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A blog about talking about things you don’t really know very much about.

Well, well, well (in the words of Roots Manuva*)! Here we are: another month, another blog that I meant to write weeks ago. And oh my gosh (in the words of Basement Jaxx**), what a few weeks they have been. Let this blog serve to (in the words of Craig David) fill you in***.

BBC Radio Cambridgeshire

At the end of October I was asked to keep Sue Dougan’s seat warm, presenting the lunchtime show from midday til 3pm, every day for a week while she was away. It made more of a change than I could ever have expected to chat during the ACTUAL DAYTIME, rather than my usual 5am Sunday morning slot (actually being awake, having actual listeners that aren’t just my mum and dad, having an actual producer…it was all so…actual), and although a frankly petrifying prospect, it was a challenge I was hugely flattered to have been offered. The show is a very female-focussed, conversation-driven show: think Woman’s Hour meets Loose Women, with a request hour in the middle called You Say We Play, and loads of brilliant guests.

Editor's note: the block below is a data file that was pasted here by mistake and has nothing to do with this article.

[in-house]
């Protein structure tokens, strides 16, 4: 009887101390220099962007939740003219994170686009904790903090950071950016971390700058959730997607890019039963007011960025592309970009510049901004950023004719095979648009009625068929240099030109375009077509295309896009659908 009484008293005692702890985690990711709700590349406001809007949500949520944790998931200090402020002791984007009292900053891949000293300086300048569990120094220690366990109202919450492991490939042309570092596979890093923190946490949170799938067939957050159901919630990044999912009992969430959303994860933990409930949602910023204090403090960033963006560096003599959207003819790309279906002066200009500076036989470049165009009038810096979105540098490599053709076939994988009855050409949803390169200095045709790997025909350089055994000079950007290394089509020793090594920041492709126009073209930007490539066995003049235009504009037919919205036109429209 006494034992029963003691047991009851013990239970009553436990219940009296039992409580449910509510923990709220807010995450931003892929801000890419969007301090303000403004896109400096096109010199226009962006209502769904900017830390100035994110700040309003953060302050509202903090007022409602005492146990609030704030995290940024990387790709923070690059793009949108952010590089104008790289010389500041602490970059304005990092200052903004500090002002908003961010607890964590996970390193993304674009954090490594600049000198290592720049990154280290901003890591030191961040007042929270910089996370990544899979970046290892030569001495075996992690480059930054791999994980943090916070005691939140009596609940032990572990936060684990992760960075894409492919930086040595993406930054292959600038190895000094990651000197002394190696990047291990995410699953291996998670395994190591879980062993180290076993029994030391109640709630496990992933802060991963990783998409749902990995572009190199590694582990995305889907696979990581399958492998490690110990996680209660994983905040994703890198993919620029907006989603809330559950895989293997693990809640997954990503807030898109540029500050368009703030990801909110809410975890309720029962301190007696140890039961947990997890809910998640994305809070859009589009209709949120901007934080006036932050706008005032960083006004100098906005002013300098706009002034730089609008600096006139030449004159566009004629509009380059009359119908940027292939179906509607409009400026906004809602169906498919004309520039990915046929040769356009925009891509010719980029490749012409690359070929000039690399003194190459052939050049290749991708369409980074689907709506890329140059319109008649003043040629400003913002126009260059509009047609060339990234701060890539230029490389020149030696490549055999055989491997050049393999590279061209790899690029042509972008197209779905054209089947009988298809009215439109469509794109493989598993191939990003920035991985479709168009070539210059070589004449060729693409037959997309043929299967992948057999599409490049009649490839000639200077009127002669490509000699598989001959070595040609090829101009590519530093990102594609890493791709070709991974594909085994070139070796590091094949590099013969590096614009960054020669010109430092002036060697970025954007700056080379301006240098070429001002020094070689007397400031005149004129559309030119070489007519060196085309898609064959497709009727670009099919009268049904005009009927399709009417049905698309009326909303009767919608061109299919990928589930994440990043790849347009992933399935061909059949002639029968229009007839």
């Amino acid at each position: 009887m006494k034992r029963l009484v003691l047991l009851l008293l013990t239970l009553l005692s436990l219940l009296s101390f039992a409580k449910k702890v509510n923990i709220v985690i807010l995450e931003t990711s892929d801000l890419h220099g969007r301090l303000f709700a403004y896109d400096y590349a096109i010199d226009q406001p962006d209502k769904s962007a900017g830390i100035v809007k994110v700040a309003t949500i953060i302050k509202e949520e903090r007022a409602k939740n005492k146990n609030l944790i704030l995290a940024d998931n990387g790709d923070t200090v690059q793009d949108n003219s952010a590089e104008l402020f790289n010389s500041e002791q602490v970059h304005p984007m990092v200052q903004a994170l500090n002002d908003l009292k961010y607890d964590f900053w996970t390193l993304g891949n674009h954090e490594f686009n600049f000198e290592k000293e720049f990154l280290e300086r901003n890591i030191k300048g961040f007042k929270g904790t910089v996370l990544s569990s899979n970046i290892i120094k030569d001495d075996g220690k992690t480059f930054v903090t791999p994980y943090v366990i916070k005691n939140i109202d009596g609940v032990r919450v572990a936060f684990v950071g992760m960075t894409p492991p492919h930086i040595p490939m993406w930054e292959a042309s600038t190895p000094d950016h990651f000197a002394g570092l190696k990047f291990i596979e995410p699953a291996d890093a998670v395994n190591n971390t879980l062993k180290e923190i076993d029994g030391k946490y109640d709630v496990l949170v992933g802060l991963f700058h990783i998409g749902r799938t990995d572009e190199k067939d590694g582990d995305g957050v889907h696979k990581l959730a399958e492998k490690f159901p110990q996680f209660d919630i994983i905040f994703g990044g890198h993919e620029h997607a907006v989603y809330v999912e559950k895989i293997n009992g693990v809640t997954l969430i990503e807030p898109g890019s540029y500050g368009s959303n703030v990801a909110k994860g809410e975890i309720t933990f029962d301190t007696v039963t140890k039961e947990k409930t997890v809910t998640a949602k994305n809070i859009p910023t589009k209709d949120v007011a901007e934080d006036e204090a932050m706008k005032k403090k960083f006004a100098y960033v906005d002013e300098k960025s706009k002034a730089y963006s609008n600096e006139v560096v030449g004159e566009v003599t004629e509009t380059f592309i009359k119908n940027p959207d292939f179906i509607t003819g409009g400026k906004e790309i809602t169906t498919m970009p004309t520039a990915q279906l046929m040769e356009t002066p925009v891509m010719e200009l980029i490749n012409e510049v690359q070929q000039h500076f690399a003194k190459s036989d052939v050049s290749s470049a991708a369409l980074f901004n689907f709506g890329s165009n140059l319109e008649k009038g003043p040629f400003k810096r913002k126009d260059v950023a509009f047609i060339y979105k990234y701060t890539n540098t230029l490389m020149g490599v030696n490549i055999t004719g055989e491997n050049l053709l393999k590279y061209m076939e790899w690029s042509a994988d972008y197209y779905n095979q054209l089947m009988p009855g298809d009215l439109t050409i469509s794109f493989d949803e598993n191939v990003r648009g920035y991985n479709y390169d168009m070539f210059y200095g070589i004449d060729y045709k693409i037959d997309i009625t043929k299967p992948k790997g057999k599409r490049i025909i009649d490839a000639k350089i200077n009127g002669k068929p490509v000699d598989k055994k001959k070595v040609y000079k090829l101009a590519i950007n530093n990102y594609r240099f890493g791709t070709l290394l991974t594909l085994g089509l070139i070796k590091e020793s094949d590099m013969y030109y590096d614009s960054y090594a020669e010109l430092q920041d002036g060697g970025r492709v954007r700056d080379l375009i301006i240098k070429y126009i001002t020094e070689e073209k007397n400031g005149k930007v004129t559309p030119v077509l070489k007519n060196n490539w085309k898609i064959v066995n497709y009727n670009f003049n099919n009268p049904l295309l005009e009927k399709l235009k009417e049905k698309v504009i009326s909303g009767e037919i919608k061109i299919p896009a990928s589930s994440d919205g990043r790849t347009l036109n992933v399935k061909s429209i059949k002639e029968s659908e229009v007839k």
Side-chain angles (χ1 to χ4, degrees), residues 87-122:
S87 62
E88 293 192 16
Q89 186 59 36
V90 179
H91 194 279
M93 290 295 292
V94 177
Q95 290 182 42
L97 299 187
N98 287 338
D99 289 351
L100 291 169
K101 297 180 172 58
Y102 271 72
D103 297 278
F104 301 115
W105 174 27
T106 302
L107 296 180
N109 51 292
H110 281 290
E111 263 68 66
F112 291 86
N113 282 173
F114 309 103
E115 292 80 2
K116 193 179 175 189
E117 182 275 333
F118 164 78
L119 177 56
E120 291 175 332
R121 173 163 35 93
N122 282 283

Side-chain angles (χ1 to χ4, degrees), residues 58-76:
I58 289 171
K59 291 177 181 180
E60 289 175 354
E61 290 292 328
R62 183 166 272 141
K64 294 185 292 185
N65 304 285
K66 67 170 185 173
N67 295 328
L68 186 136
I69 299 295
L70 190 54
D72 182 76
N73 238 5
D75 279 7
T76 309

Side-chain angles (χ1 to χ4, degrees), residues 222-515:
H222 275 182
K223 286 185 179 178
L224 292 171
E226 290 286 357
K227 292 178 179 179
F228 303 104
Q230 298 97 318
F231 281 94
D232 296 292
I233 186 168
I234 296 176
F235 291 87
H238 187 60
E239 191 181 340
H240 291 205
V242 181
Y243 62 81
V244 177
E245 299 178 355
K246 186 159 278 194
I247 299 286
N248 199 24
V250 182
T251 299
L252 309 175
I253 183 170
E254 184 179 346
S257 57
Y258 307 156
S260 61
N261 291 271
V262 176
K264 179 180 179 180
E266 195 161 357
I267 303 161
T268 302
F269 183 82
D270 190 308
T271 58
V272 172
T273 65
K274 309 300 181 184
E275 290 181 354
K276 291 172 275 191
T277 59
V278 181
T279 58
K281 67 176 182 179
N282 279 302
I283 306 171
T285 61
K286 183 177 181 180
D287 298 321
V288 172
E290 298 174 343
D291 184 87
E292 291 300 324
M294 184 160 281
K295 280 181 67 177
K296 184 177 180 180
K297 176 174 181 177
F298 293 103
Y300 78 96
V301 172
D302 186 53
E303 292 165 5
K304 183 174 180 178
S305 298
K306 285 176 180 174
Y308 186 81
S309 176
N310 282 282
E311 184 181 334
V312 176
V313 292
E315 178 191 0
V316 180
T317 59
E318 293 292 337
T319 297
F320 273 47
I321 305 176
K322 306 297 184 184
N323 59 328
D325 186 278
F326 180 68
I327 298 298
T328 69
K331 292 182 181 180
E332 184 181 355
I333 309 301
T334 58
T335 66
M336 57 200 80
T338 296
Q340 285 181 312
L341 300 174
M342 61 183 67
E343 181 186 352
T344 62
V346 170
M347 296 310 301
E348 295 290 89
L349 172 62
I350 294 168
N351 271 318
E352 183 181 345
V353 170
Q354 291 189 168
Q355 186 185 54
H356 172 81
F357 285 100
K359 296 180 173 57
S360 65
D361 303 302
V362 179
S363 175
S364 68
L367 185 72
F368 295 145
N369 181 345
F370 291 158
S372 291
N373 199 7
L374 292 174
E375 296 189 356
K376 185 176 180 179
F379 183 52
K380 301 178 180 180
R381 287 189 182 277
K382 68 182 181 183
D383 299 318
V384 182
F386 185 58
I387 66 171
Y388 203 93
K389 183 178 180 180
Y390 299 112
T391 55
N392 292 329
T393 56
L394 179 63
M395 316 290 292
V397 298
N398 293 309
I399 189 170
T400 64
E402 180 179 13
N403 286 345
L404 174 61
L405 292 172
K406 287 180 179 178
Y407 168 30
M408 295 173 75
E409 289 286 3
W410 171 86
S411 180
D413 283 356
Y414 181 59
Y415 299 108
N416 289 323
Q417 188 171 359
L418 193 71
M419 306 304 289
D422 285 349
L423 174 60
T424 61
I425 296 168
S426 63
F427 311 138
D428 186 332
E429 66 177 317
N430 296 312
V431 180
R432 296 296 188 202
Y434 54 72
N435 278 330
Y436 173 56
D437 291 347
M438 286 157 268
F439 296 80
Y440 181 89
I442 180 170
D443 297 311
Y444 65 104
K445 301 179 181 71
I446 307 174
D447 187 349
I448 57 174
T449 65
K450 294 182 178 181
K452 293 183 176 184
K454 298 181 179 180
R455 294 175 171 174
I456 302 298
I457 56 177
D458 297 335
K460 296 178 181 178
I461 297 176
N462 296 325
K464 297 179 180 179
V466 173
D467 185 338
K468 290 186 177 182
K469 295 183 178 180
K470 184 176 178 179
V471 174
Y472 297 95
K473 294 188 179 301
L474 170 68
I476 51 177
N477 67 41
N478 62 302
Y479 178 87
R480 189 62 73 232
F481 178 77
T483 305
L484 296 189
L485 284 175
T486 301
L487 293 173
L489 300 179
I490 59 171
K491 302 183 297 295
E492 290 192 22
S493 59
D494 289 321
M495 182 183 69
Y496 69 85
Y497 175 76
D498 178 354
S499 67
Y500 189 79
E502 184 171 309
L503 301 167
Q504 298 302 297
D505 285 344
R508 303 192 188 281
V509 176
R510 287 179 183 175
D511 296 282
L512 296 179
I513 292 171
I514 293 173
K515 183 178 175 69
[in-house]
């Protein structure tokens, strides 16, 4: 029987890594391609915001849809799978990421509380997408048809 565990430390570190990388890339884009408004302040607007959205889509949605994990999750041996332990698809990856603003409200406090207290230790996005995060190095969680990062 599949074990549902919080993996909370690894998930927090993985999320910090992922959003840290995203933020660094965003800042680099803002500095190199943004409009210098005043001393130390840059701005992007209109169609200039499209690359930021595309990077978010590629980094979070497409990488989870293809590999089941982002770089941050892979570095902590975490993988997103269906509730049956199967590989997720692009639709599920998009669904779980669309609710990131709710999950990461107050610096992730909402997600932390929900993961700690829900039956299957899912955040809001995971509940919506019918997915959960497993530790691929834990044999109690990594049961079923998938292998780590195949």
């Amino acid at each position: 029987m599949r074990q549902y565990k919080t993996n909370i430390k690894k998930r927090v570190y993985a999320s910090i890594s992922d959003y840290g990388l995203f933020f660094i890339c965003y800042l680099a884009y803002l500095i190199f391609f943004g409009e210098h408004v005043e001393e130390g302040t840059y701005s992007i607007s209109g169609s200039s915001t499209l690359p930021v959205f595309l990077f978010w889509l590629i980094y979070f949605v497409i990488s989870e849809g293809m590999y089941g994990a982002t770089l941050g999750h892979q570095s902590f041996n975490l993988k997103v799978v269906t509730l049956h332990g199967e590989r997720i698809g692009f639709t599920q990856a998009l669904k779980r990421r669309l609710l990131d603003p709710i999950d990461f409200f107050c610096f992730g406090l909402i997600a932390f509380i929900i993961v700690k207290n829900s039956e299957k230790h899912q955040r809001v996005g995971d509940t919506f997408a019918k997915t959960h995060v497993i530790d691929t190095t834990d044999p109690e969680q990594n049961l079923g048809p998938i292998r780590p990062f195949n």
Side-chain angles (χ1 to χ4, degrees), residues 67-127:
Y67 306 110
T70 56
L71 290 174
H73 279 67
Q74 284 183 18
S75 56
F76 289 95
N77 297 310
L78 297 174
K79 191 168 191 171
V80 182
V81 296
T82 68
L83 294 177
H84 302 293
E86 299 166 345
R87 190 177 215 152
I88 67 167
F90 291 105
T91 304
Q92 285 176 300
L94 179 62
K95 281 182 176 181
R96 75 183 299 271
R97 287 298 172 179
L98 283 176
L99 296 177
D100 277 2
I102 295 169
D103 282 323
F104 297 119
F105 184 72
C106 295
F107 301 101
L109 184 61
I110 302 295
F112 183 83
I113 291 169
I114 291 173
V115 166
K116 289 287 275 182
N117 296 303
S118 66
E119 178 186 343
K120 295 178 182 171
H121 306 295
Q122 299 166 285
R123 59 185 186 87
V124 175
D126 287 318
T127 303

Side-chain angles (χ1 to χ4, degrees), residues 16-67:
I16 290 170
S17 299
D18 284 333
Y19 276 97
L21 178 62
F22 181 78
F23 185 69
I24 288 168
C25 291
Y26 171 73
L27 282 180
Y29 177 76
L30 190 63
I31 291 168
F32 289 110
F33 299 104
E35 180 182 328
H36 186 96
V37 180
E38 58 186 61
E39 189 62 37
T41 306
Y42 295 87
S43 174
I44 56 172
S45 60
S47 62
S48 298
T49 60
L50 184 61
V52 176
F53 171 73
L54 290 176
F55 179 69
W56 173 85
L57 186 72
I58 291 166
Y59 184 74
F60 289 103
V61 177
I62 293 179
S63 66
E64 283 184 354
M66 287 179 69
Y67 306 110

For someone with an extremely diverse range of interests and for whom variety is most definitely the spice of life, the show was a dream to host, as the topics covered in the special guest interview slot at 12 and in the Chat Room discussion at 2 gave me an opportunity to talk about so much and, importantly, learn so much. This is key. There is no way on God’s earth any presenter of such a show could know everything about every current affairs news story, every entertainment news story, every film star, musician or talent-non-specified-celebrity, every piece of music from the last 40 years, every religious festival which your listeners might be celebrating, every piece of art, historical event or cultural mores and norms your guest might have been influenced by…the list goes on, because that’s the nature of ‘everything’. The most important piece of advice that Sue gave me before heading off to drink whiskey for a week with the in-laws (her words, not mine, and she tweeted that so it’s in the public domain, NOT a breach of privacy, I promise) was, ‘you can’t read the novels of every author you have on the show, you wouldn’t have time to do the show then. Don’t pretend to know everything your guest is talking about, don’t try to know everything they’re talking about. Just ask the questions your listeners will be asking.’ Good advice.